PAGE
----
Graduate program offers opportunities

Students given chance to realize potential as professionals

by JunJay Tan (Daily Texan Staff)
July 2, 2003

Richard Cherwitz's graduate program doesn't award degrees to students. Instead, it gives them the power to realize their potential as academic professionals, said Cherwitz, director of the University's Intellectual Entrepreneurship program. The Intellectual Entrepreneurship Program, or IE for short, is an interdisciplinary program for graduate and doctoral students. The program's name doesn't refer to entrepreneurship purely in the business sense of the word; rather, it refers to having vision and taking risks to advance society.

 Dr. Deborah Edward, executive director of Greenlights for Nonprofit Success, speaks to Thomas Darwin's class Tuesday afternoon. The University's Intellectual Entrepreneurship Program invites guest speakers and provides programs to help graduate students make the transition from college to a professional career. (Photo by Michelle Kovar, Daily Texan staff)

Students in the program must be working toward a degree in another graduate area, and take IE classes along with their main graduate classes. There is no IE degree, but students can get a certification.

"If you give people a degree in IE by itself, you get people specializing in IE," Cherwitz said. He said he wanted people to think of IE as a way of realizing the "value of their discipline."

IE classes often cater to each student's individual area of study, and they include such topics as entrepreneurship, professional communication and technology.

"The IE program focuses and shapes the expertise learned from any given area of study," said Tim Steffensmeier, a communication studies graduate student.

The IE program also includes "synergy groups" in which graduate students from different disciplines meet with industry and government representatives.

"A number of my best students have found [IE] very energizing," said Linda Ferreira-Buckley, associate dean of liberal arts.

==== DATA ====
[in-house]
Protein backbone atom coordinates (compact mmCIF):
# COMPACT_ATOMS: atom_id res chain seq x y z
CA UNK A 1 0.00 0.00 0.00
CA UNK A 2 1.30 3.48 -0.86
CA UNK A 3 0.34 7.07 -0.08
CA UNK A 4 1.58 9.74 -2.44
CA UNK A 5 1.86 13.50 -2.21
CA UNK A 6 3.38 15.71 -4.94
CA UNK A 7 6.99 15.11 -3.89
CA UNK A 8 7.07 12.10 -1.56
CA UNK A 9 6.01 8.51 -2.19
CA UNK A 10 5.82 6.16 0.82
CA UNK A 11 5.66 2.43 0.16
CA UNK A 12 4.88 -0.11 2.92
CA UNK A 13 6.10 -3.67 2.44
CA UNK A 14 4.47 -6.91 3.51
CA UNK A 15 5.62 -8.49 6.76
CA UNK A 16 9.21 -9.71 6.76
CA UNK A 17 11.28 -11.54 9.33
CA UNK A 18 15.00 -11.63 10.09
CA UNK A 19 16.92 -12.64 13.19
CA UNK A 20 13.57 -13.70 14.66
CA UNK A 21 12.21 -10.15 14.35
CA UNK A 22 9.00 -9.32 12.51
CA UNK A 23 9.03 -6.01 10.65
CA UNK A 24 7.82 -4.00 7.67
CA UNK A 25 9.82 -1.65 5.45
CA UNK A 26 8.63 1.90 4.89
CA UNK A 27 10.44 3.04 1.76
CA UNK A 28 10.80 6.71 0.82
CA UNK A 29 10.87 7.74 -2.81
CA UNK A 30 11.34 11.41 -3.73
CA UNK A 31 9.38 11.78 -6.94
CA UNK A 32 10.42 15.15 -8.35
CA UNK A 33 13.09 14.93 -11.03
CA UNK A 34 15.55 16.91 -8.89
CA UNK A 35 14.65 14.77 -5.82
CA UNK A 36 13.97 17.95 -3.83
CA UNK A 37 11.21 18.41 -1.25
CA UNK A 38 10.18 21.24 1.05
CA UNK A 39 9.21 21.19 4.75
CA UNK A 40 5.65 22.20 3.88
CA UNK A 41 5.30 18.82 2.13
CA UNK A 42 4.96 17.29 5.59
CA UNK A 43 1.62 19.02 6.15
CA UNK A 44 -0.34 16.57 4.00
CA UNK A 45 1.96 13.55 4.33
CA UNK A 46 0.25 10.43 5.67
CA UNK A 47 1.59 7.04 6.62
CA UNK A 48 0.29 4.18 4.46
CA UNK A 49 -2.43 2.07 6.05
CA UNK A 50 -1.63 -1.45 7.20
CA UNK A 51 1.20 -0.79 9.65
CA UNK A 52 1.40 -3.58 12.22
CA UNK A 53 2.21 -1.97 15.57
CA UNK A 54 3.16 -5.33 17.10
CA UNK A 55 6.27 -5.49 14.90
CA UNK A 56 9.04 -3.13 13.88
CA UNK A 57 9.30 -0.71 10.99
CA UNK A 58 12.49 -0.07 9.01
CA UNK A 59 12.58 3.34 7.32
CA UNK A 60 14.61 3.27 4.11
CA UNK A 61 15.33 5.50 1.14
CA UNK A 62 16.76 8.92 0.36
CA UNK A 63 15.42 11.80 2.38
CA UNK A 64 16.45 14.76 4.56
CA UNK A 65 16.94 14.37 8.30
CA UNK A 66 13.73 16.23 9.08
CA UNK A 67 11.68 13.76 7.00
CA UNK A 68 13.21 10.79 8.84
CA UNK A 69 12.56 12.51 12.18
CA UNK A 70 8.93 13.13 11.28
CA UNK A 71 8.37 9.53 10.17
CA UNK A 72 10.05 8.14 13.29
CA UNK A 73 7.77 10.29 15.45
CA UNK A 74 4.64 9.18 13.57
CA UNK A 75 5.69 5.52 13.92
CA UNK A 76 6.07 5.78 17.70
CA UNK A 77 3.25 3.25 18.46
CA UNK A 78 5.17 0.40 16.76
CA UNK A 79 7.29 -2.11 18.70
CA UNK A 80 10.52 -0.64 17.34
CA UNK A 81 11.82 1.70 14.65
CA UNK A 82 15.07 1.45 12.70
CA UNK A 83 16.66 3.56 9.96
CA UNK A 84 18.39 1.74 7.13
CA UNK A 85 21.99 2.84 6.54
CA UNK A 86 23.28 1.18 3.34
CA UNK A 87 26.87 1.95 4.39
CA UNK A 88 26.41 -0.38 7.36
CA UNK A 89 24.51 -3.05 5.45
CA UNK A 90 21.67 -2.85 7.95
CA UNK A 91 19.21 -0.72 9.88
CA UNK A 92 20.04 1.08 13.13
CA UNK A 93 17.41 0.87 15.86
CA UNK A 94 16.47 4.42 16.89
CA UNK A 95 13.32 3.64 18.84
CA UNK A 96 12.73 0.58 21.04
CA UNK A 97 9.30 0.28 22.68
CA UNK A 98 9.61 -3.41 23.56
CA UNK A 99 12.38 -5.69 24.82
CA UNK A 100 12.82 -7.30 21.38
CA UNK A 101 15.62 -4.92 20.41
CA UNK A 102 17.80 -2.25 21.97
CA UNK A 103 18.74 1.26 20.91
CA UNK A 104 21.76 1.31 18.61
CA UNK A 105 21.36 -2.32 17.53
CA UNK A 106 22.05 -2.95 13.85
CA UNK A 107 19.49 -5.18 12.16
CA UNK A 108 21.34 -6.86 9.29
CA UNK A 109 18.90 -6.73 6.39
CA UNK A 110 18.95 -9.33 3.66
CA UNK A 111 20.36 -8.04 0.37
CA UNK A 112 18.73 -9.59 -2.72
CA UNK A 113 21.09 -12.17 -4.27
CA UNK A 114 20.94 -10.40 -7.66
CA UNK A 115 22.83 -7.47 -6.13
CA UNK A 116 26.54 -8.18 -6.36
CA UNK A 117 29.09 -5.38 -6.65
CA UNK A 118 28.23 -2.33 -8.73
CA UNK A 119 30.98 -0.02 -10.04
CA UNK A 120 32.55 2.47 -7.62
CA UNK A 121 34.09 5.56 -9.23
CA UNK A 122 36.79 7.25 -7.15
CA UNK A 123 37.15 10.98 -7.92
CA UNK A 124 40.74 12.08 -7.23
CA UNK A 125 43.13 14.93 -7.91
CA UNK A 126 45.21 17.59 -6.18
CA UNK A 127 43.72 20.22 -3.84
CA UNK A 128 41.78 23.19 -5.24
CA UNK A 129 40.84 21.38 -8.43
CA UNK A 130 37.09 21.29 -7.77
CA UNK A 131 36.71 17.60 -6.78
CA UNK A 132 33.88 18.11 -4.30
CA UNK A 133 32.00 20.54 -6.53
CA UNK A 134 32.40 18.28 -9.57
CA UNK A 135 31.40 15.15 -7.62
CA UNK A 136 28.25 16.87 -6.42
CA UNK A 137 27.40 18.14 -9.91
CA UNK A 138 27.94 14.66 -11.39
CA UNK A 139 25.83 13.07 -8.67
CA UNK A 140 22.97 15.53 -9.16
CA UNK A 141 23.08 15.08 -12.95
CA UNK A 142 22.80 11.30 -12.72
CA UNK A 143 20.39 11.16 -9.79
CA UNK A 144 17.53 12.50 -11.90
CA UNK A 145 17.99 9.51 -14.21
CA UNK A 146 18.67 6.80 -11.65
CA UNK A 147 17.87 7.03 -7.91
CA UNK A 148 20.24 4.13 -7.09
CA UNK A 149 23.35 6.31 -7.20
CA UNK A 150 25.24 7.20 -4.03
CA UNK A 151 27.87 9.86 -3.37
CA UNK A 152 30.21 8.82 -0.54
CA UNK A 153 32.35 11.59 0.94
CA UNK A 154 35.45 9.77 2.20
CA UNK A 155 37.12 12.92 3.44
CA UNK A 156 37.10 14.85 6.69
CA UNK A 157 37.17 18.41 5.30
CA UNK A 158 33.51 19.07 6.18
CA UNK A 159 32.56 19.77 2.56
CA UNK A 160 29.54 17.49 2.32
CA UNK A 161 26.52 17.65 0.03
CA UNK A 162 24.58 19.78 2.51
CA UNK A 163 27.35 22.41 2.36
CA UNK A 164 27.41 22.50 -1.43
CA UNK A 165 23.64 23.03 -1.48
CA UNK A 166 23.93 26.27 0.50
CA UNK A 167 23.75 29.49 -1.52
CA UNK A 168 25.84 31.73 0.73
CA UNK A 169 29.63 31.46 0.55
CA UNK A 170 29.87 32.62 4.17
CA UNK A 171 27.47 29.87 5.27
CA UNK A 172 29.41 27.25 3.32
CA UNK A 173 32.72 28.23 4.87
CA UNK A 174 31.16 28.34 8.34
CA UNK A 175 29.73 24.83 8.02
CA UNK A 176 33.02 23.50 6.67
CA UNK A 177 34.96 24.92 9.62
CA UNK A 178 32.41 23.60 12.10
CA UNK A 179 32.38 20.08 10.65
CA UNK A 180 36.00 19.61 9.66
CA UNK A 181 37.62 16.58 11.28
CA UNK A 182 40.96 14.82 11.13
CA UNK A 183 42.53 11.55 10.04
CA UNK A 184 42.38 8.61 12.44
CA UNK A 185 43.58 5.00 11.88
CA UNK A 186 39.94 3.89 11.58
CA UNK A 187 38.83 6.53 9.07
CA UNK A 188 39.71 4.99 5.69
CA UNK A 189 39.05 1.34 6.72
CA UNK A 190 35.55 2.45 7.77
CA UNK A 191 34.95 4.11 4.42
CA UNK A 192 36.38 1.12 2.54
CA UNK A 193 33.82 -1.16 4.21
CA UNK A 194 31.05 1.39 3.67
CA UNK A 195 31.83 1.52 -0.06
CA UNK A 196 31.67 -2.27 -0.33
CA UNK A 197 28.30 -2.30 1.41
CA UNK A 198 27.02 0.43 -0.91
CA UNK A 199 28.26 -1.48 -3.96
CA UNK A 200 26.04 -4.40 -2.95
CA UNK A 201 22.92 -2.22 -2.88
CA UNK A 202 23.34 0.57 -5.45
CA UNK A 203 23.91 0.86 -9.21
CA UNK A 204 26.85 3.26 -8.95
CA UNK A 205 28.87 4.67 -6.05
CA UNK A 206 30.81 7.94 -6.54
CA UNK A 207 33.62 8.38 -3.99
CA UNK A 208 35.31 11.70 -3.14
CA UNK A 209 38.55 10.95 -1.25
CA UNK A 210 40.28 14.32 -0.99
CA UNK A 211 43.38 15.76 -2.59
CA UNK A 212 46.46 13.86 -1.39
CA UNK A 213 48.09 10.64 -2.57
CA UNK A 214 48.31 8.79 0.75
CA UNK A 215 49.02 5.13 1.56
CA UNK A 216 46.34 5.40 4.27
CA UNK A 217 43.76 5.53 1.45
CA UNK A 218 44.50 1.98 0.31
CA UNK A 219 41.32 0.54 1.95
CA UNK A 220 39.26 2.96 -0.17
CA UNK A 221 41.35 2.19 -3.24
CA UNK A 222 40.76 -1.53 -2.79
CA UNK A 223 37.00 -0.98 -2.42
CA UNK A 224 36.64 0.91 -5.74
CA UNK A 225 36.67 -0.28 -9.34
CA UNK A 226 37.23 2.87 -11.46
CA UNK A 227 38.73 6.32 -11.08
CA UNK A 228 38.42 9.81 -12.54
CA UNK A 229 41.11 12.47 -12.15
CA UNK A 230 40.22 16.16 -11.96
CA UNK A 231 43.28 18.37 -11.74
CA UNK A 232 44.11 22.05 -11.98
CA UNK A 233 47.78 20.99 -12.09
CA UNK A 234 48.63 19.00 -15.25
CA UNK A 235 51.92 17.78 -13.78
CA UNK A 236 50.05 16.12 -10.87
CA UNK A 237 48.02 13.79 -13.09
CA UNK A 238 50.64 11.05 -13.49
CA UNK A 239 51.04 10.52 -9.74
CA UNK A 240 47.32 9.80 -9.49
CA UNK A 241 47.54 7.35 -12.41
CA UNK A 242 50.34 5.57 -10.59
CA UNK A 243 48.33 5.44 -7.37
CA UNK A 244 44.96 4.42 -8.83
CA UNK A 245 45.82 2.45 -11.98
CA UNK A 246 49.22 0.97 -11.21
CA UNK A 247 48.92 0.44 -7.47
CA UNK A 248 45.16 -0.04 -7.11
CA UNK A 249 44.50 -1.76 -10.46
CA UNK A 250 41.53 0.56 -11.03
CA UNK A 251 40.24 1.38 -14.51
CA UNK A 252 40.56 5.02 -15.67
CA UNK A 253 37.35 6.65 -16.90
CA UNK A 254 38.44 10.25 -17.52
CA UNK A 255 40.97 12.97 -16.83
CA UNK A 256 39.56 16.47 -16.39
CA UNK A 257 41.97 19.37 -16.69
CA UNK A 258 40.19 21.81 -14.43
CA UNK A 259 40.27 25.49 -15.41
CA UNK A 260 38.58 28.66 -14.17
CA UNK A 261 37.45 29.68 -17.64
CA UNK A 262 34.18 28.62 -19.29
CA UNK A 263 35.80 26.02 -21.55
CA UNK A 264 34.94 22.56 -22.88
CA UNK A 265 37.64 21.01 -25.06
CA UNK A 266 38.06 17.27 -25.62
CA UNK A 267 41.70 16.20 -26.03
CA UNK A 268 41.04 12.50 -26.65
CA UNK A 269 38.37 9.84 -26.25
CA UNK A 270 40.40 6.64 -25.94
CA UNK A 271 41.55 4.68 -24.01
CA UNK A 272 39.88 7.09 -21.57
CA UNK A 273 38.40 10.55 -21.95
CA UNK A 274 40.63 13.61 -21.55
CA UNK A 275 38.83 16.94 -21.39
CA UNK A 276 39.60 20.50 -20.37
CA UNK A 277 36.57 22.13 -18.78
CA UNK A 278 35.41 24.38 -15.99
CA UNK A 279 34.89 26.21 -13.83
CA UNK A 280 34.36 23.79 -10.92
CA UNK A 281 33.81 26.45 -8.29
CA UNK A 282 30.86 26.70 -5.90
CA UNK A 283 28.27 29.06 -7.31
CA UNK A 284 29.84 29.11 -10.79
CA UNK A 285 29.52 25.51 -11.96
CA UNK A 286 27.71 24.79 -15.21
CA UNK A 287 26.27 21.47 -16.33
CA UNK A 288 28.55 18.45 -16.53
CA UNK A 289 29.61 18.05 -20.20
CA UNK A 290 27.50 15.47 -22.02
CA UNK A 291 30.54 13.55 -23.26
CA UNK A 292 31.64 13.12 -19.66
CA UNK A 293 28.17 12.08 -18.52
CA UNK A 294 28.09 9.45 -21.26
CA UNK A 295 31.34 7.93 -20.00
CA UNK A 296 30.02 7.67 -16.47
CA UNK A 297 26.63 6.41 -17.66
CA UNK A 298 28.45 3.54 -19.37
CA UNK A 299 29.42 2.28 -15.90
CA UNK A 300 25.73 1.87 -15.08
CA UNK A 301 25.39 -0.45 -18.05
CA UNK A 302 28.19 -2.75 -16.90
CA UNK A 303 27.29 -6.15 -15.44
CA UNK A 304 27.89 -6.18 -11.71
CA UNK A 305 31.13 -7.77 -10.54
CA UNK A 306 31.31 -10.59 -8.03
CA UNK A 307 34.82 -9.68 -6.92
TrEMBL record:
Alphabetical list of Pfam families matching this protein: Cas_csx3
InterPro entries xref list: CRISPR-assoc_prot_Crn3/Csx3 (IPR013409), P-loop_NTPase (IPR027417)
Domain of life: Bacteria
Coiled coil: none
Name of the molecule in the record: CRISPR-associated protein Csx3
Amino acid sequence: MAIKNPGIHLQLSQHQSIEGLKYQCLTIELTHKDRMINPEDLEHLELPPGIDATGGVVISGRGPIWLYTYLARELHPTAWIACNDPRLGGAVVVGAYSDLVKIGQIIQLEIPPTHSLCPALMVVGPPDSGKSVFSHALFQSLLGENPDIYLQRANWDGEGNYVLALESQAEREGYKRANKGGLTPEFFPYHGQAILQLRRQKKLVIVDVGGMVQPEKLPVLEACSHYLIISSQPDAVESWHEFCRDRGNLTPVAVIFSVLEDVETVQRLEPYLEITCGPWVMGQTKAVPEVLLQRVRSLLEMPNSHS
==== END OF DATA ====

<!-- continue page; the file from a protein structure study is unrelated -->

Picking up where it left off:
About 3,000 students in 90 disciplines, ranging from mechanical engineering to English, have taken part in the program.

"Typically at the Ph. D. level we value speciality in one area, but sometimes you're a better specialist by knowing how your area relates to other subjects," Cherwitz said.

Cherwitz began IE, originally called the Graduate Development Program, in 1997.

He said he was discouraged by the "mechanistic way" graduate education was being taught.

Which may be why Cherwitz hesitates to call IE a program -- he prefers to call it a "vision" of what higher education should be.

"IE takes what's good and right with research and expands its value," he said.

IE also expands the University's research pool by sponsoring both individual and large-scale projects.

"Interpreting the Texas Past" is one of these ongoing projects. Students in the project are creating exhibits, writing literature and making films about Texas historical sites to increase public interest in them.

"The reason they take [IE] is because when they write a paper, they put it on a shelf. When they write these papers [about Texas history], they directly impact how the public looks at these sites," said Martha Norkunas, director of Texas Folklife Resources and research scientist.

"Interpreting the Texas Past" won Norkunas, Terry Sullivan, executive vice chancellor for academic affairs, and Cherwitz, who supported the project, a $10,000 Woodrow Wilson Innovation Award in 2000.

Robert Weisbuch, president of the Woodrow Wilson National Fellowship Foundation, wrote that the Intellectual Entrepreneurship program takes the country "a long way past the narcissistic old notion of professors using the Ph.D. to create clone-slaves."

Many universities throughout the country are paying attention to IE. Cherwitz said that several top research universities are interested in the program.

"It's the new model for how the university should be," said Norkunas.

Cherwitz's vision has already affected Jessica Hester, a theater and dance graduate student.

"Two significant changes happened after I got involved in the IE program: I became focused on controlling the shape of my career, and I realized that I have a responsibility beyond and within my academic work to the community I live in."}